Charter Communications, thanks to an influx of federal funds, plans to fill gaps in digital services in rural areas of the nation, providing service to more than 1 million unserved customer locations. Among those areas of interest is rural Boone County.
The company, whose primary digital product is Spectrum, serves 31 million customers across the U.S., according to Elizabeth James, who works in government affairs for Charter Communications. It also has more than 400 employees in Indiana and more than 300,000 customers across 81 communities in the state.
“Over the past three years, we have built out to 2.5 million homes and businesses, and just about a third of that was rural expansion, so we really have had an emphasis on rural areas recently,” James told the Board of Boone County Commissioners during an Oct. 18 meeting.
Now, the company wants to expand even further into rural America after the Federal Communications Commission awarded the company $59 million to be used in Indiana alone to expand service in the state’s rural areas.
The Rural Digital Opportunity Fund is an FCC initiative focused on bridging the digital divide by funding the deployment of broadband networks in rural America. Rural locations considered to be unserved are those that do not have internet service with speeds of at least 25/3 Mbps.
“The Rural Digital Opportunity Fund will ensure that networks stand the test of time by prioritizing higher network speeds and lower latency, so that those benefiting from these networks will be able to use tomorrow’s internet applications as well as today’s,” the FCC’s website, fcc.gov, states.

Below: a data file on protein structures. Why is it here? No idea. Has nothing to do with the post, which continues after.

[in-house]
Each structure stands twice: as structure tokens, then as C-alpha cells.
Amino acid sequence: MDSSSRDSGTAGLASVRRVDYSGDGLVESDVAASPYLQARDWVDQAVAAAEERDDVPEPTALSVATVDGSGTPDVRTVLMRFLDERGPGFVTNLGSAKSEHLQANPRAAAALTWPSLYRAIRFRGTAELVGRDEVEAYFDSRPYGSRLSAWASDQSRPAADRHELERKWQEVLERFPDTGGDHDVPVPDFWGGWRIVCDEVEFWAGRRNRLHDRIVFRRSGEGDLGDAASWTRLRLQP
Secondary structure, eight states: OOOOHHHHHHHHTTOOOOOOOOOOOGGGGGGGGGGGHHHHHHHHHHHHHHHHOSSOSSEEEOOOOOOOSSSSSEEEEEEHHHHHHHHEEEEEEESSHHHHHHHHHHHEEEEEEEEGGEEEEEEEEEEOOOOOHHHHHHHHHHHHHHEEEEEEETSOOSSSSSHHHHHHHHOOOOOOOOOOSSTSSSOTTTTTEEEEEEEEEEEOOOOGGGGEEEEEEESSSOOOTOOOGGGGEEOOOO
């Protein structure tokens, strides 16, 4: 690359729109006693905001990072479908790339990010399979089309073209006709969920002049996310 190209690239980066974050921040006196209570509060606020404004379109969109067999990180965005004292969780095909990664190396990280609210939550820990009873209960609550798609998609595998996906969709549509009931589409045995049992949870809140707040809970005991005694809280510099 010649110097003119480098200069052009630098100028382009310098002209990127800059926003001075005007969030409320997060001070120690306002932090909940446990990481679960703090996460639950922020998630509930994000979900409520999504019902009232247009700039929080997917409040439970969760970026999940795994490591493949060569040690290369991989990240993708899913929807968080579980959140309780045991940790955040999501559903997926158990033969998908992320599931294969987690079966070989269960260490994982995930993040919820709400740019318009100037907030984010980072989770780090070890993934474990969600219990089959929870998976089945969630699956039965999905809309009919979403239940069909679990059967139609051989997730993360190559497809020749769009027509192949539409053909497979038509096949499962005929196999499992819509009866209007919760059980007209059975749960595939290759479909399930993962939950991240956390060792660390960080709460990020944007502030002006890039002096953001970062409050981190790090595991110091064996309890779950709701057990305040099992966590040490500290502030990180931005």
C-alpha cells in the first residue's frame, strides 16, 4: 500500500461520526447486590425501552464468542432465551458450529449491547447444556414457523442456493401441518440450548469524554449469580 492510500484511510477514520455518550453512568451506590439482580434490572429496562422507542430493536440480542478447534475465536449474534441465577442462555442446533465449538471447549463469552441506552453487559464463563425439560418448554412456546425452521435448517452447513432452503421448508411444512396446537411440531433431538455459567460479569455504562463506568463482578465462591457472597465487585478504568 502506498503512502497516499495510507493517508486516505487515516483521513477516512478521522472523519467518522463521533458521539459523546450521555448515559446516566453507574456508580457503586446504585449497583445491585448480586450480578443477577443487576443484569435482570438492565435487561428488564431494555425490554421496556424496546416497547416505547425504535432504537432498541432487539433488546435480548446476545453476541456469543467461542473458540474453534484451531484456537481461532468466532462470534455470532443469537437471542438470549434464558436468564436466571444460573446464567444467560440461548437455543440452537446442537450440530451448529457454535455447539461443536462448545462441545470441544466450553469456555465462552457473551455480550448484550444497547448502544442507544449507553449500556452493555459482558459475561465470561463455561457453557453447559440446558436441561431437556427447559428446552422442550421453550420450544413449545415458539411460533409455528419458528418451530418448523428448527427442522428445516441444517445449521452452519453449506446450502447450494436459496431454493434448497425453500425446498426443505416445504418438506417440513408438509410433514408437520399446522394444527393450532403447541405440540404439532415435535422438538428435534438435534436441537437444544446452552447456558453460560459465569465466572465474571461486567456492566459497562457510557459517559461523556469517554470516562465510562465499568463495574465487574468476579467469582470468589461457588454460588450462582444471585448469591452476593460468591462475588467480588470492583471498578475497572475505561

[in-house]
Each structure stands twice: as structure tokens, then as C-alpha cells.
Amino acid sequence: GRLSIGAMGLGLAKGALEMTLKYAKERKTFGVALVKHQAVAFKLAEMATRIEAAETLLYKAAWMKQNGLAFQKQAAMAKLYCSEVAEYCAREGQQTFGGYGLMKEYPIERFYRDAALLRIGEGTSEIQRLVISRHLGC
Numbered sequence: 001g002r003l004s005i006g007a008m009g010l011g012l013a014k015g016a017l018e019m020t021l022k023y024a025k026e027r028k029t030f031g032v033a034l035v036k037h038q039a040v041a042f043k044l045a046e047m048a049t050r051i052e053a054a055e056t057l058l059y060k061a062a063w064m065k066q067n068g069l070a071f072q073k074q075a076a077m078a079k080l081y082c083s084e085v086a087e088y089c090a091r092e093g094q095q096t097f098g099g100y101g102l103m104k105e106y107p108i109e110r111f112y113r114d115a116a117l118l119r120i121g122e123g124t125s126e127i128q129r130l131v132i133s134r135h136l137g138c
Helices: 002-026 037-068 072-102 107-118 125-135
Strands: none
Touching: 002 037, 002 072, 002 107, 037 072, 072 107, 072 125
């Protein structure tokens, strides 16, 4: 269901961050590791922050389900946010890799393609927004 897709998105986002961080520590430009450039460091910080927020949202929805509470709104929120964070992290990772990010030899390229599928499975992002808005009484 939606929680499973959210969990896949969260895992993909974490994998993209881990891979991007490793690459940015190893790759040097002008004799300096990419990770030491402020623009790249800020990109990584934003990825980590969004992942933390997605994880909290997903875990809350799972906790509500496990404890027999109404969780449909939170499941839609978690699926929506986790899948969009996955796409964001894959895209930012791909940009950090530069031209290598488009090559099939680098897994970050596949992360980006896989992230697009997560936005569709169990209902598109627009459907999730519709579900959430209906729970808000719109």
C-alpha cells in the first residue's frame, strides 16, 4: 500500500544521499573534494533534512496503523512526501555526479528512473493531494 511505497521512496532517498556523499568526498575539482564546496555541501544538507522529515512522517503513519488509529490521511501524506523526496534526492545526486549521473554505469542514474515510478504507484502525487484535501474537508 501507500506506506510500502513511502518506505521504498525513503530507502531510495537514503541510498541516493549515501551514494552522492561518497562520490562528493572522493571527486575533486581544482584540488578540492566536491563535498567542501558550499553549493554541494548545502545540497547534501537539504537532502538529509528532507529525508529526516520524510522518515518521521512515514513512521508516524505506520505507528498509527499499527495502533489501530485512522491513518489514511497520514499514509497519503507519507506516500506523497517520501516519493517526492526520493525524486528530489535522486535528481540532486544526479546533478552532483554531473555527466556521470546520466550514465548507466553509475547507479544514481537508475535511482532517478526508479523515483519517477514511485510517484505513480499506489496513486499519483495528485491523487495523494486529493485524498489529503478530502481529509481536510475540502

Charter Communications was awarded funds through a reverse auction administered by the FCC, which determined providers that could expand coverage at the lowest price. In Indiana, $169 million was awarded to multiple providers, who will set their own schedules for completion and are responsible for the buildout of the products, James said.
Charter Communications plans to invest $5 billion of private capital to expand its 750,00-mile network by 150,000 miles, impacting 24 states. In Indiana, the company plans to add 4,700 miles of fiber cables to its existing 6,600-mile network, James said.
In Boone County, James said the company plans to expand service to 719 homes and businesses, although residents are not obligated to purchase it.
“Even in Lebanon, when we had the COVID lockdowns and they were having instruction at home, we had a number of homes even here in Lebanon where the students could not access at (sufficient) speed the coursework they needed, so they had to go meet together at another location that they could do their coursework at,” Boone County Commissioner Tom Santelli said.
When talking about the proposed speeds, Santelli said the deliverables being worked on are “significant” and “really important.”
For more, visit spectrum.com/cp/build.